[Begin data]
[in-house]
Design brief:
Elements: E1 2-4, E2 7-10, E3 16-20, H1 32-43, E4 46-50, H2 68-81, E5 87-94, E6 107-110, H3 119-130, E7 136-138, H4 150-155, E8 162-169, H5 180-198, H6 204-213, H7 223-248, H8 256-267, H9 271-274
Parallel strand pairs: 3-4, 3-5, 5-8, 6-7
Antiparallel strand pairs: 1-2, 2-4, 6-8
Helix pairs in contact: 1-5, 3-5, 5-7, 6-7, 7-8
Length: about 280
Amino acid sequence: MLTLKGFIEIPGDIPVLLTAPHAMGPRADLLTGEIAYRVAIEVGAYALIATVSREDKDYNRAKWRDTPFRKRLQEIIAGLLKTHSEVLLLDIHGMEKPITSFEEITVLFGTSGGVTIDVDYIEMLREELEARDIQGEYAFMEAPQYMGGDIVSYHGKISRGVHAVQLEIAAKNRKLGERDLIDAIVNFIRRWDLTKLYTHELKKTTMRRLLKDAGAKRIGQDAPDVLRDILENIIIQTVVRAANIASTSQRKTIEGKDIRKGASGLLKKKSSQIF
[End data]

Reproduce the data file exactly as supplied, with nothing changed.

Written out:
[in-house]
Design brief:
Elements: E1 2-4, E2 7-10, E3 16-20, H1 32-43, E4 46-50, H2 68-81, E5 87-94, E6 107-110, H3 119-130, E7 136-138, H4 150-155, E8 162-169, H5 180-198, H6 204-213, H7 223-248, H8 256-267, H9 271-274
Parallel strand pairs: 3-4, 3-5, 5-8, 6-7
Antiparallel strand pairs: 1-2, 2-4, 6-8
Helix pairs in contact: 1-5, 3-5, 5-7, 6-7, 7-8
Length: about 280
Amino acid sequence: MLTLKGFIEIPGDIPVLLTAPHAMGPRADLLTGEIAYRVAIEVGAYALIATVSREDKDYNRAKWRDTPFRKRLQEIIAGLLKTHSEVLLLDIHGMEKPITSFEEITVLFGTSGGVTIDVDYIEMLREELEARDIQGEYAFMEAPQYMGGDIVSYHGKISRGVHAVQLEIAAKNRKLGERDLIDAIVNFIRRWDLTKLYTHELKKTTMRRLLKDAGAKRIGQDAPDVLRDILENIIIQTVVRAANIASTSQRKTIEGKDIRKGASGLLKKKSSQIF